Troubleshoot high iowait issue on Linux

Updated: Aug 30

High iowait issue is usually related to io performance which includes disk performance and nfs performance. We will look at how to check disk performance and nfs performance today.




Check Disk IO Performance on Linux

In Linux system, we can use iostat command to get performance data for disks. If the issue happed in the past, we can use sar to get the historical data to analyze what was going on at that time. We can also use monitor tool like telegraf to collect these metrics like disk iops, disk io bytes, disk time.


Next we can use iotop check which process is generating workloads to our disks. More info about iotop here.





10 iostat commands on Linux

10 Linux iostat Command to Report CPU and I/O Statistics are listed below. The most commonly used option is -xk + interval. For example: iostat -xk /dev/sda 3 means print performance data for disk sda very 3 seconds until we press ctr+c.

iostat: Get report and statistic.
iostat -x: Show more details statistics information.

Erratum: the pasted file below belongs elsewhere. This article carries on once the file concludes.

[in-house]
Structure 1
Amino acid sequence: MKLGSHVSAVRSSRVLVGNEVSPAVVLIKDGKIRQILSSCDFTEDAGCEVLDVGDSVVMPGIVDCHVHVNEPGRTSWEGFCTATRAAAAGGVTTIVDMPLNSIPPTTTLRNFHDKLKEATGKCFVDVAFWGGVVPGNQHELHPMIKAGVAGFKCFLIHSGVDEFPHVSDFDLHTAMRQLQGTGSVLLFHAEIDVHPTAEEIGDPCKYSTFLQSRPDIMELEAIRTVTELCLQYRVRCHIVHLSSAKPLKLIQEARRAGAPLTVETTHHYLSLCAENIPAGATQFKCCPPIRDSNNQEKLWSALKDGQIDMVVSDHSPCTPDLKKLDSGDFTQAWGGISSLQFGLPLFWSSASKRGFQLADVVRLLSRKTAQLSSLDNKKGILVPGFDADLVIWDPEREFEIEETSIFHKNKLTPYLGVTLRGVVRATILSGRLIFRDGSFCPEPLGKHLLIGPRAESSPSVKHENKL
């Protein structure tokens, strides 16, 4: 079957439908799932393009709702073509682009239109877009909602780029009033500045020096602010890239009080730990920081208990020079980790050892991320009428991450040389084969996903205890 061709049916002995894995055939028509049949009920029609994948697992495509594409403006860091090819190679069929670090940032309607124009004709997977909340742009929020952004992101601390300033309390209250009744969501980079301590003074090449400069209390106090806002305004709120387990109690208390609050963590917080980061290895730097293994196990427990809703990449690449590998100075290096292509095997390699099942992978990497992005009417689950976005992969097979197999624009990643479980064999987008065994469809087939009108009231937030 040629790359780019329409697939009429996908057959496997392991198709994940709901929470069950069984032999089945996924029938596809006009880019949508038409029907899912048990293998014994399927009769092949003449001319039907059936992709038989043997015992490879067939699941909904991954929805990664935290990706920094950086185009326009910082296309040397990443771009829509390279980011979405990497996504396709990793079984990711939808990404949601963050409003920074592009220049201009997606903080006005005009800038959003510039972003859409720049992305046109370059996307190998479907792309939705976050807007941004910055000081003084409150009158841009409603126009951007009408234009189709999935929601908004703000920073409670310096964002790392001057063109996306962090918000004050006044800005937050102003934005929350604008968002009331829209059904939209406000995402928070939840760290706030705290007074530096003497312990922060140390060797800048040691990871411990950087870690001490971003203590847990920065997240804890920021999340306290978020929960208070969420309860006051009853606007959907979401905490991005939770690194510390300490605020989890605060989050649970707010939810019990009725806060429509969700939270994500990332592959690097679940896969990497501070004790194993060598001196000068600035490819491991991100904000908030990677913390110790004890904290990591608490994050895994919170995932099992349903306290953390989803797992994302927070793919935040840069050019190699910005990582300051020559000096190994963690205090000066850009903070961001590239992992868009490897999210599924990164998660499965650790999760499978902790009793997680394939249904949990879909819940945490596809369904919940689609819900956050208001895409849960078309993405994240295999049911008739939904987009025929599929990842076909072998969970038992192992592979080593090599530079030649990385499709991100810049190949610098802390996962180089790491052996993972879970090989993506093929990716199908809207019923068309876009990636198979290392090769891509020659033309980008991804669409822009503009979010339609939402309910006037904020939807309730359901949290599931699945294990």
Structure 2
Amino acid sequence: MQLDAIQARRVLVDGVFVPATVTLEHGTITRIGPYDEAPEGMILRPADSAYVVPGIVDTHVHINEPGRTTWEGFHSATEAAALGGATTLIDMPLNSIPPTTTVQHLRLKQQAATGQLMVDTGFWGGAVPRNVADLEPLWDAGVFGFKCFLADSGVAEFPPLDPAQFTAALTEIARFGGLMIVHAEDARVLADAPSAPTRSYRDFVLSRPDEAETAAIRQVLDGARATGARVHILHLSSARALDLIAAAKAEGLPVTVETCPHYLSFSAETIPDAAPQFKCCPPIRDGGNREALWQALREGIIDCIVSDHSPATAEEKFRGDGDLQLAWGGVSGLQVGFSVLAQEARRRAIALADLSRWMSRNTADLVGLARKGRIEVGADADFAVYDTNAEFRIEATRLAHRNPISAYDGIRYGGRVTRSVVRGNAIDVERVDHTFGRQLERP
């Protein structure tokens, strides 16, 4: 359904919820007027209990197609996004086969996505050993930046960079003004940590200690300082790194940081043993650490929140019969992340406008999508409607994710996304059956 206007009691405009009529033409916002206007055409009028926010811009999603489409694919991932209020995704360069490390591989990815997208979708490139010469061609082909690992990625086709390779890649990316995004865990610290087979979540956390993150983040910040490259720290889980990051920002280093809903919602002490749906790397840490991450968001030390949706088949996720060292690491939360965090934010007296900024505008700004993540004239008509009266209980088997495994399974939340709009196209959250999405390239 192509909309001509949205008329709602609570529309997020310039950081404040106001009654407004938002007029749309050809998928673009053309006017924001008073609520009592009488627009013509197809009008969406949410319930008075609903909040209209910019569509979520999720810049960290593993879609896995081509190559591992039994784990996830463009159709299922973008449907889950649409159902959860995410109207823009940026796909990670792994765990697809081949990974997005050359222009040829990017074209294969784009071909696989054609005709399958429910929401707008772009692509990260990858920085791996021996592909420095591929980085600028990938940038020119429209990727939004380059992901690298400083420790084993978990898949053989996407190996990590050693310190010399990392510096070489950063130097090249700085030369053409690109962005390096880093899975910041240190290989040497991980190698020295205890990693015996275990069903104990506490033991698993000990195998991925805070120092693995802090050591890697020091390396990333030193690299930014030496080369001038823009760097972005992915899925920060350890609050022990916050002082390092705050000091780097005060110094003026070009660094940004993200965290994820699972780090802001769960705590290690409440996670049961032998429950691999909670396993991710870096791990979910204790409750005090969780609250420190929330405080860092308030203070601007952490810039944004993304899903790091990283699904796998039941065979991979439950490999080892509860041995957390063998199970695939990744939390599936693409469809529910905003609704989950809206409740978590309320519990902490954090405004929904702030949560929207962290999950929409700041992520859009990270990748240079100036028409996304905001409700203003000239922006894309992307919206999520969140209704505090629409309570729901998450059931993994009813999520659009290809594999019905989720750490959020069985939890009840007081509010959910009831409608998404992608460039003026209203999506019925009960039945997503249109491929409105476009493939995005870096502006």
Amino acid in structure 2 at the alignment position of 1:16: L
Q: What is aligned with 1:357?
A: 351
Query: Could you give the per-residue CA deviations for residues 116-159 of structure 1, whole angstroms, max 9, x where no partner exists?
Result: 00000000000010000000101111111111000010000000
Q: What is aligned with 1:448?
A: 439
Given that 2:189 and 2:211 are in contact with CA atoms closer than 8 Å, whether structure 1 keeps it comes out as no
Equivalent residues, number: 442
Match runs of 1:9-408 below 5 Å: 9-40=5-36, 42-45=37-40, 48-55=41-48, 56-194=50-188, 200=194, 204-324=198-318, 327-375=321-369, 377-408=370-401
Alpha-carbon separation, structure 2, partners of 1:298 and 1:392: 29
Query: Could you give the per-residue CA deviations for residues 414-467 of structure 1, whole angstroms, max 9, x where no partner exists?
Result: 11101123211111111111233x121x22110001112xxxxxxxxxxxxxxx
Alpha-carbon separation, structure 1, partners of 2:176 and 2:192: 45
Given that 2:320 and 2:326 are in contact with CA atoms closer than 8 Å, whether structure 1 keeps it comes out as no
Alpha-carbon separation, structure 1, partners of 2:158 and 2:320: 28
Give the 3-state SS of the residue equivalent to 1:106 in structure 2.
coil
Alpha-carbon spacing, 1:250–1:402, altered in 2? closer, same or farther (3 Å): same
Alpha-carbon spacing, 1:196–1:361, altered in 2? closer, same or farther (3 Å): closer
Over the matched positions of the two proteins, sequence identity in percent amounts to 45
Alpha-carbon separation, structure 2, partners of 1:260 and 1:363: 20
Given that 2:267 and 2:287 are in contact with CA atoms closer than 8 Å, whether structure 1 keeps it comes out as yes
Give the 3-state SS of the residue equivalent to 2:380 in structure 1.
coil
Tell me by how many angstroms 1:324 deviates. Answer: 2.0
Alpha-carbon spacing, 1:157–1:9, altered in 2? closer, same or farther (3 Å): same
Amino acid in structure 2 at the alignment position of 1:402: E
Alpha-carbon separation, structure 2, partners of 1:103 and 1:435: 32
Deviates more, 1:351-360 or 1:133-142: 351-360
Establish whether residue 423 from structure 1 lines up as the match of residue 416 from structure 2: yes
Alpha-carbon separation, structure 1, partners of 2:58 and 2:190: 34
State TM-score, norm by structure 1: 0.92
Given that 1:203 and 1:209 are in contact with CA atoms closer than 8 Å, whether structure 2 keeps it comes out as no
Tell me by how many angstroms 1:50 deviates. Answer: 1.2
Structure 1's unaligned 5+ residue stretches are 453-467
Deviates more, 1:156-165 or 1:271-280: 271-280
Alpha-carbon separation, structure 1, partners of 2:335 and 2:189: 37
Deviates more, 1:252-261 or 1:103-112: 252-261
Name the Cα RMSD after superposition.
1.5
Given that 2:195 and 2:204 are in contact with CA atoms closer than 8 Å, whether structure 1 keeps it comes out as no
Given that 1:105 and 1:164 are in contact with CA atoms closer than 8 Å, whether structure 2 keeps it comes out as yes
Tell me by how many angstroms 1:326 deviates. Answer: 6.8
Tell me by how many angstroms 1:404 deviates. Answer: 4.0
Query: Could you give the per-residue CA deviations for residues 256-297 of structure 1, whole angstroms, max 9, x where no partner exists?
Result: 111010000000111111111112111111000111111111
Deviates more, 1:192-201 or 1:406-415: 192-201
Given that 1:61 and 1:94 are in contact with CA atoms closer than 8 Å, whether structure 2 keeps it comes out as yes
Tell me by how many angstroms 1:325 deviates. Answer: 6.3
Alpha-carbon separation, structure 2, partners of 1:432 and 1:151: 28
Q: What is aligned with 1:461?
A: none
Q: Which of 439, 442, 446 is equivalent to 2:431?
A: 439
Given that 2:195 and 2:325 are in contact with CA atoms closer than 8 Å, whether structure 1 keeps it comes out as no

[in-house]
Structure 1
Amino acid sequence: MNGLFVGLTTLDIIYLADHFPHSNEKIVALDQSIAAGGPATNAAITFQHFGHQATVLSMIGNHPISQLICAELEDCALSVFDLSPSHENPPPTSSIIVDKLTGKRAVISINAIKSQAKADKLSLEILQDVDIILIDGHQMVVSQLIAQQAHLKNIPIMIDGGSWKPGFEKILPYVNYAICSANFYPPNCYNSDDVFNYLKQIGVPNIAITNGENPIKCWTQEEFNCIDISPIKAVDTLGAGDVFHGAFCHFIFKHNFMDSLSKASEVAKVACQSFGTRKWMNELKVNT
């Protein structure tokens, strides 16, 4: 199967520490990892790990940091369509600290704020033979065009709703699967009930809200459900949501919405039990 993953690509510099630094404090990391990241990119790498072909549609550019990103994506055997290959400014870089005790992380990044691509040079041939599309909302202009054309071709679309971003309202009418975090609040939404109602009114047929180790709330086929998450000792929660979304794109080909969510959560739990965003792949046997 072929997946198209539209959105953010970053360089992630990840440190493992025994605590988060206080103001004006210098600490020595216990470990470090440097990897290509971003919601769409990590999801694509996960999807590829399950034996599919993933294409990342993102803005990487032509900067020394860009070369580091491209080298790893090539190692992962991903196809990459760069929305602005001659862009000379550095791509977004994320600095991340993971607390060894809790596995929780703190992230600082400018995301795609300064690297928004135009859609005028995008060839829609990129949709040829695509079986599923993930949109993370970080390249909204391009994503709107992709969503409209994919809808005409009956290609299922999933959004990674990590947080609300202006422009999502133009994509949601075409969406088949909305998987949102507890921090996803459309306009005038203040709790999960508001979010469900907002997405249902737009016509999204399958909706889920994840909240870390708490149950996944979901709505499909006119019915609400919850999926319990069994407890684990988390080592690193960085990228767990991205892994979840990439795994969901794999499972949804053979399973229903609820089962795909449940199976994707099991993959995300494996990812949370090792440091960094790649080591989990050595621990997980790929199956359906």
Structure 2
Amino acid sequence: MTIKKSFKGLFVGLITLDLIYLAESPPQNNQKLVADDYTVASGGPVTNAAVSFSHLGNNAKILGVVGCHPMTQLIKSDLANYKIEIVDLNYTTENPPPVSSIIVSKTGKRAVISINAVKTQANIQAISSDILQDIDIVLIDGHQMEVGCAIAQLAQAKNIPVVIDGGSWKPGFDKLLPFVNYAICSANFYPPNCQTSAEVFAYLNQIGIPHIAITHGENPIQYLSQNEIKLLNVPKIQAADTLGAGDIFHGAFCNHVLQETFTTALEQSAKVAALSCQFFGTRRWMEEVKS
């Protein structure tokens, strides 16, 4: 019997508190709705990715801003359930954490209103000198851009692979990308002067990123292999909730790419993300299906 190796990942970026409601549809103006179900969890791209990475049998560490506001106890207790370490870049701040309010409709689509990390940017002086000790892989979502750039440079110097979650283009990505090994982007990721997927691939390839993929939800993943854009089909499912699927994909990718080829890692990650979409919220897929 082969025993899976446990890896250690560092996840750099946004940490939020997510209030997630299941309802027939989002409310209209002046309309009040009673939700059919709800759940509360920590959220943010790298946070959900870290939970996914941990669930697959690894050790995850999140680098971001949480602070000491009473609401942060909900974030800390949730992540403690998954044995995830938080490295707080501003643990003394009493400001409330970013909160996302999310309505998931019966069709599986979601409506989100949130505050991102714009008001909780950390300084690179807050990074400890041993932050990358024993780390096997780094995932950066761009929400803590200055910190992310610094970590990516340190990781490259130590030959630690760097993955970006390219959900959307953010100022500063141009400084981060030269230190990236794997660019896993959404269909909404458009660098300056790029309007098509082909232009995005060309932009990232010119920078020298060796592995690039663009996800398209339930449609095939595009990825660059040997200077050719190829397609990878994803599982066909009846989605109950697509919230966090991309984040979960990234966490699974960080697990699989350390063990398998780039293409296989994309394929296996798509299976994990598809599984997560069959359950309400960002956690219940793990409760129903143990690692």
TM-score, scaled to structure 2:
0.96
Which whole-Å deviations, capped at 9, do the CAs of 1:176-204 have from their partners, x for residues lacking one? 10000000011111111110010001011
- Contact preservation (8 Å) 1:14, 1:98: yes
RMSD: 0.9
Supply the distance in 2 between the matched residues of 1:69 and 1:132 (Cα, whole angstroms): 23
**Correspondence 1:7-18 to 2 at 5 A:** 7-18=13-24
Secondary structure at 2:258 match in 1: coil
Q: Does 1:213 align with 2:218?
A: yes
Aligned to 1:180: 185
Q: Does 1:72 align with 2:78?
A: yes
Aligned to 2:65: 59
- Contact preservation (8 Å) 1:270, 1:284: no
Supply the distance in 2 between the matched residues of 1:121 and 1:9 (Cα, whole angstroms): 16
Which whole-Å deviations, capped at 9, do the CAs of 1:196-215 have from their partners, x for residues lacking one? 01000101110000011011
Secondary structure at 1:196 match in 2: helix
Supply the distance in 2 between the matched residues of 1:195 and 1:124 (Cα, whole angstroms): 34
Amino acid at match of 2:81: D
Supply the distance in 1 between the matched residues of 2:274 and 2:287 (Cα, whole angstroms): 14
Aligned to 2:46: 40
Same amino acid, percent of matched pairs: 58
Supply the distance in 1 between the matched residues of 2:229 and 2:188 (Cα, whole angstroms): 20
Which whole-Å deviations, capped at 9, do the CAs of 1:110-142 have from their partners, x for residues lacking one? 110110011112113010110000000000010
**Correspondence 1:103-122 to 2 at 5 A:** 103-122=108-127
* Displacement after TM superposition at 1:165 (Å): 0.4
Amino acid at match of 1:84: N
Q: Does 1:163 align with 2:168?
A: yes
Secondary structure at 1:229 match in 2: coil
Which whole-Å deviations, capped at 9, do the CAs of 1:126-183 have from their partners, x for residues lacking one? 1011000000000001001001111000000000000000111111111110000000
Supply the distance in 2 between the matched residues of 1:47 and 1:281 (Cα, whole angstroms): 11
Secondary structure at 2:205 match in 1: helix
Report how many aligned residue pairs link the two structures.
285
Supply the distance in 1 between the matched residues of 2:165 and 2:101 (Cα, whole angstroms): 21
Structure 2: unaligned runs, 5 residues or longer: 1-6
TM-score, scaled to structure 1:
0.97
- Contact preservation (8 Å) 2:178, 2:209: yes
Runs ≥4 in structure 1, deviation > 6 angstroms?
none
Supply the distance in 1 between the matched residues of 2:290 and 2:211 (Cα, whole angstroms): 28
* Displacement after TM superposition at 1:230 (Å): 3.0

iostat -c: Show only the cpu statistic.
iostat -d: Display only the device report.
iostat -xd: Show extended I/O statistic for device only.
iostat -k: Capture the statistics in kilobytes or megabytes.
iostat -k 2 3: Display cpu and device statistics with delay.
iostat -j ID mmcbkl0 sda6 -x -m 2 2: Display persistent device name statistics.
iostat -p: Display statistics for block devices.
Disk high iowait issue on Linux
disk io requests


Check NFS IO performance issue on Linux

Poor nfs performance can also cause high iowait issue. Nfsiostat is a commonly used command to check NFS performance. This command can tell us the workload like IOPS, network latency, kernel latency etc. More details about this command are here.


High iowaits on specific CPU cores

The io workload on the CPU cores are not evenly distributed. This is a expected behavior of a Linux kernel. When any cpu deals with any task and that task needs to do a IO transaction then cpu issues a request to a IO controller and now it is IO controllers responsibility to serve this request, so as much time the IO controller will take to accomplish the request that much of time that task will be in 'D' state and cpu will be just waiting for IO (called as IO_WAIT).

And if system has number of processors then the cpu which is serving to that particular task will wait for IO and will be idle for that amount of time, the other processors will be assigned to other running tasks, so seeing a IOWAIT for particular CPU's is expected behavior of a Linux kernel.


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